As a final reminder of the upsurge in the popularity of film recently, just check out the prices being asked on ebay for good quality film cameras, prices have been steadily rising over the past few years with classics such as the Nikon FM2a now averaging nearly 200 asking price, only a few years ago these were readily available for way under 100. You can also get cheaper amateur/enthusiast grade, plastic bodied, cameras which are highly useable with automatic features such as the F80 for about 30 (body only), and for those who want a brand new film camera, Nikon are still producing the FM10 and F6 so, presumably, they see the death of film as being somewhat exaggerated. The film cameras on view in charity shops around the country seem to be being snapped up as fast as they hit the shelves, so someone out there still likes film!
As always, it pays to think outside the box, and to realise that film isnt just used by a relative handful of professional photographers, my wife, for example, still prefers to use a point and shoot Canon Sureshot EX, that she has had for years, to paying through the nose for the latest technological wizardry. That technology remains even more incomprehensible to her than programming a VCR. Even on fully auto, she dislikes all of the controls on offer as they are a distraction from the point of a camera - taking pictures! 15 per year for the film and developing to take the 24 or so snaps she wants to take is pretty cheap compared to the cheapest digital camera! And why does she have to learn the intricacies of Photoshop et als to make her pictures look half decent, when there is nothing wrong with the images from the Canon straight out of the box?

Posted on 29 May 2012 01:21:30 BDT
Two points:

I remember the thrill of watching an image appear on photographic paper and wonder why none of the experts suggested developing test strips face down and the real thing face up for the thrill.

Also, I have a query regarding what I assume is a roll film camera. I don't know the make, but it's probably the most commonly illustrated camera in the country. It's the one whicch appears on road signs warning about speed cameras ahead etc. It's obviously based on a roll film camera, BUT haven't they designed it with the knobs wrongly positioned? The big knob needs to be higher as this is the one to wind the film on. If this is the wind on knob, it should rotate clockwise and as illustrated this would not work.

Anyone else noticed this?

Posted on 29 May 2012 02:13:15 BDT
G. E. Hearn says:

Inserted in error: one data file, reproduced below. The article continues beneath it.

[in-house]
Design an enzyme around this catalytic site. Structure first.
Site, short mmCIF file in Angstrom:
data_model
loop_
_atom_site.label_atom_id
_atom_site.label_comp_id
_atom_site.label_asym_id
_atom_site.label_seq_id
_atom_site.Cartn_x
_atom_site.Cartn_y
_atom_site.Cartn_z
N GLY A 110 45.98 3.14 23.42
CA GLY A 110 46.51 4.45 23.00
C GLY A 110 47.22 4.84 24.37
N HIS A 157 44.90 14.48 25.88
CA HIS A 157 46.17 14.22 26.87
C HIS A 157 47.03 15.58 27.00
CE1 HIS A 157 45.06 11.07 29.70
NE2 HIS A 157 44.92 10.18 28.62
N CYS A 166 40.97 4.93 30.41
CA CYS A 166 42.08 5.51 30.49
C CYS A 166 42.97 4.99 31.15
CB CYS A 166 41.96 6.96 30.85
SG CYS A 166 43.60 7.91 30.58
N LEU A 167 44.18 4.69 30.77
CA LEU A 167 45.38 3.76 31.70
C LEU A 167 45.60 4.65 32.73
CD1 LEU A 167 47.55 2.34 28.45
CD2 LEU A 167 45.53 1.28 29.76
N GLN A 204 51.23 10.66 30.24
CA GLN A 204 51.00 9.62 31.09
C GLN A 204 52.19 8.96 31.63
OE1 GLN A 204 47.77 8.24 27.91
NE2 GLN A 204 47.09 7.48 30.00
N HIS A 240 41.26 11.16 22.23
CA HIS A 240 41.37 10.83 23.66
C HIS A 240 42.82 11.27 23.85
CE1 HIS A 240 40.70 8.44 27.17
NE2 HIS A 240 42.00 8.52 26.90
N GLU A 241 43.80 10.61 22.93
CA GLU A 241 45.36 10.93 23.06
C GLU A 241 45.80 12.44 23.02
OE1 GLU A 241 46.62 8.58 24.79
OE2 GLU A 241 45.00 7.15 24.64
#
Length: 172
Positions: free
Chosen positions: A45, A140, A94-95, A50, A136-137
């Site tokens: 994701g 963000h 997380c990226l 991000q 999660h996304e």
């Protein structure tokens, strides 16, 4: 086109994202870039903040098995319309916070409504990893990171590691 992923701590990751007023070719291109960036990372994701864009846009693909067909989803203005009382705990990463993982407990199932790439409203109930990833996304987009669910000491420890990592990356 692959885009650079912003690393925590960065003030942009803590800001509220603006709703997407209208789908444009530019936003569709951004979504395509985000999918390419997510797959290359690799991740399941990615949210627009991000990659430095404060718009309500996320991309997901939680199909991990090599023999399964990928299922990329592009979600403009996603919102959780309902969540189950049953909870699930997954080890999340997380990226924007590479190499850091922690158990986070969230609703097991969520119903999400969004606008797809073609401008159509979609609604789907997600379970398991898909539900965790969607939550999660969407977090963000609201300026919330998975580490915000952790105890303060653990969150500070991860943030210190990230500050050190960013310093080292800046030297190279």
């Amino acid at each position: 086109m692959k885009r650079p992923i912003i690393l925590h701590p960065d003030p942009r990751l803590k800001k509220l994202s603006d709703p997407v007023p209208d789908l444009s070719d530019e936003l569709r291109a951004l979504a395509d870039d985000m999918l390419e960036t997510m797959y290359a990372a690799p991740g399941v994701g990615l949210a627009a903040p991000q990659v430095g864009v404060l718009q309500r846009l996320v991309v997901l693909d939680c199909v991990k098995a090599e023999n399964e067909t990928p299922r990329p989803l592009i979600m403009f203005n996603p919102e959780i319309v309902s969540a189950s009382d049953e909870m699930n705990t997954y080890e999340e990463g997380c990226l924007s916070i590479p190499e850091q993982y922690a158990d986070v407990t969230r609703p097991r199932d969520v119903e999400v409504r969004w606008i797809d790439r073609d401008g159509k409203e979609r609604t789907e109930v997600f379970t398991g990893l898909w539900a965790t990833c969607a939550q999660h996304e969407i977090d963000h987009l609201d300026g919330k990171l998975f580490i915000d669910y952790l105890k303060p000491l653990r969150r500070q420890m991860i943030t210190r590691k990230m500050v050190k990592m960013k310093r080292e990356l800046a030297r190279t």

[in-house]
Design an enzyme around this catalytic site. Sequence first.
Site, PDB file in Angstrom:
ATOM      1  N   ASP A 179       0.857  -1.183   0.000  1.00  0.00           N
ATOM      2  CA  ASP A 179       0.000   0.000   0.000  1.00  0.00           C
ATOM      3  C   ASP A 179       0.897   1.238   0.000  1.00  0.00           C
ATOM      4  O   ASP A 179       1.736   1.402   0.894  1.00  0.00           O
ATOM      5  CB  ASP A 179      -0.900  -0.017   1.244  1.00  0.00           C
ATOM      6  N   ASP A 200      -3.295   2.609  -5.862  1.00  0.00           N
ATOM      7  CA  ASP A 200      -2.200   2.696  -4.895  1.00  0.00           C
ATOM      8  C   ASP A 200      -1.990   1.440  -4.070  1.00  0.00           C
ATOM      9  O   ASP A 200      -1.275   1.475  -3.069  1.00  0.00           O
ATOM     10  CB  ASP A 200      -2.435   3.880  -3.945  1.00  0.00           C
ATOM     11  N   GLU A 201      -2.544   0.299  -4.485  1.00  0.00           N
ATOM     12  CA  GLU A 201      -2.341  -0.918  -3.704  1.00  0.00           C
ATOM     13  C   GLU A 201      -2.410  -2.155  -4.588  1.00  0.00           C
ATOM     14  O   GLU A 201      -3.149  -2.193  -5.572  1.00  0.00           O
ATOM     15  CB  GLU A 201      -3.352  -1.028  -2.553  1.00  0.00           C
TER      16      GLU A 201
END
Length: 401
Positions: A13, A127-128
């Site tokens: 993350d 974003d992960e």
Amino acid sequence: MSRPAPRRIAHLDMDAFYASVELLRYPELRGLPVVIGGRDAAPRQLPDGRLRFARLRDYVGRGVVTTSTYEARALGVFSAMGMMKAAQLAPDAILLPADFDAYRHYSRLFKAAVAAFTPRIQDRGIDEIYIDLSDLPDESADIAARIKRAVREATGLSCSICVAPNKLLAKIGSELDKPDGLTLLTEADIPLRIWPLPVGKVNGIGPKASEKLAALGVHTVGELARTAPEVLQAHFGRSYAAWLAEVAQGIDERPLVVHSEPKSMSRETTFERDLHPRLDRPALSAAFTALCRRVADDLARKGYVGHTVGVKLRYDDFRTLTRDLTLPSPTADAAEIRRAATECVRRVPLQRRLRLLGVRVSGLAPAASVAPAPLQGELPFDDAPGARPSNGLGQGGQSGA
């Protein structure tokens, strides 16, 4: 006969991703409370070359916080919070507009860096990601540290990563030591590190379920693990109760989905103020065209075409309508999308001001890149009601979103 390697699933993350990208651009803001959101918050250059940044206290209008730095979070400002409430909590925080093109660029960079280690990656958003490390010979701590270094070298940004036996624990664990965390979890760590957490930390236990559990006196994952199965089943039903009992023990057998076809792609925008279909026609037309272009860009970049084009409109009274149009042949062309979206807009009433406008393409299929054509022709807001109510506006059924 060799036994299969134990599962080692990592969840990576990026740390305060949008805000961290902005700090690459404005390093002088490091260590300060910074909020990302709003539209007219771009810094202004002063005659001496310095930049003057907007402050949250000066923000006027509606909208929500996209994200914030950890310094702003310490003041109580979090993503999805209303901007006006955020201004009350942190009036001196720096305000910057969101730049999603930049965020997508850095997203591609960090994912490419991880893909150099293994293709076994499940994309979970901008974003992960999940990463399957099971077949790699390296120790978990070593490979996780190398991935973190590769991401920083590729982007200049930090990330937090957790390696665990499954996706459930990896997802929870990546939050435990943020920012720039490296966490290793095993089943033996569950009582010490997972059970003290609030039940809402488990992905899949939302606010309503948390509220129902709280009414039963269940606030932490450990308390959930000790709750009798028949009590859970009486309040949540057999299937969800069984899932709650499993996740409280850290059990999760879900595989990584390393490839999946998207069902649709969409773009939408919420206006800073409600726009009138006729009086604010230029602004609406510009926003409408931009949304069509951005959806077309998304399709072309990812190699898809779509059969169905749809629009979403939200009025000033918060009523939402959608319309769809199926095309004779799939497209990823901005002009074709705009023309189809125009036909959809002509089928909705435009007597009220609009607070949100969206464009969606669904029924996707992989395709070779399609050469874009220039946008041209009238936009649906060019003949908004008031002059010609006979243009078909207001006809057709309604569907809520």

Posted on 29 May 2012 08:28:25 BDT
This is an interesting article showing Kodak Ektar 100 film delivering more detail than a Canon 5D MkII.

Just shows that 35mm can give you a lot of resolution, if processed and scanned well. I think if you want to get back into film, 35mm is a good place to start. You can get a nice camera and lens, second hand, for under 50, which is capable of what you see in that article.

Medium format is wonderful, but the cameras tend to cost more, especially if you want a small one. You can get old "folders" though, for under 100, like Zeiss Ikonta. They often don't have meters, so you need to guess exposure, or have a hand held meter.

In reply to an earlier post on 29 May 2012 08:46:46 BDT
It has no viewfinder, has bellows but has oversized knobs. No doubt all are visual cues which remind us of a camera.
I think it resembles a Kowa 6.

In reply to an earlier post on 29 May 2012 08:50:47 BDT
You could get an Ikonta for about 30. 100 will be a bit short of a Super Ikonta. I bought a nice f6.3 6x9 Ikonta with leather case for 13. You don't need a fast lens, especially when estimating the focussing distance. This has an interlock to prevent double exposures. Double exposures can be made deliberately by using a cable release (after removing the blanking screw, if fitted).

Posted on 30 May 2012 11:43:25 BDT
C. J. Calver says:
Hi guys, I just picked up a Yashica-Mat for under 30 with leather case. Anyone know much about them? I managed to get a manual on the web, but any tips would be appreciated!

Excellent article GT, thanks for posting it. It really does highlight the fact that you get a hell of a lot of bangs for your buck with film!

In reply to an earlier post on 30 May 2012 12:36:50 BDT
Hi CJ,
You did well - Mats can go for up to 80!
There isn't that much to know really:
Try Youtube for a demonstartion:

In reply to an earlier post on 30 May 2012 16:08:31 BDT
T.J.Byford says:
Hi, CJ,

As Dr. A has said, there isn't really anything complicated about a 'Mat or using them. Once you learned how to load the film you're set to go. As you've soon discovered aperture and shutter speed are set independently via the little wheels situated either side and between the taking and viewing lenses.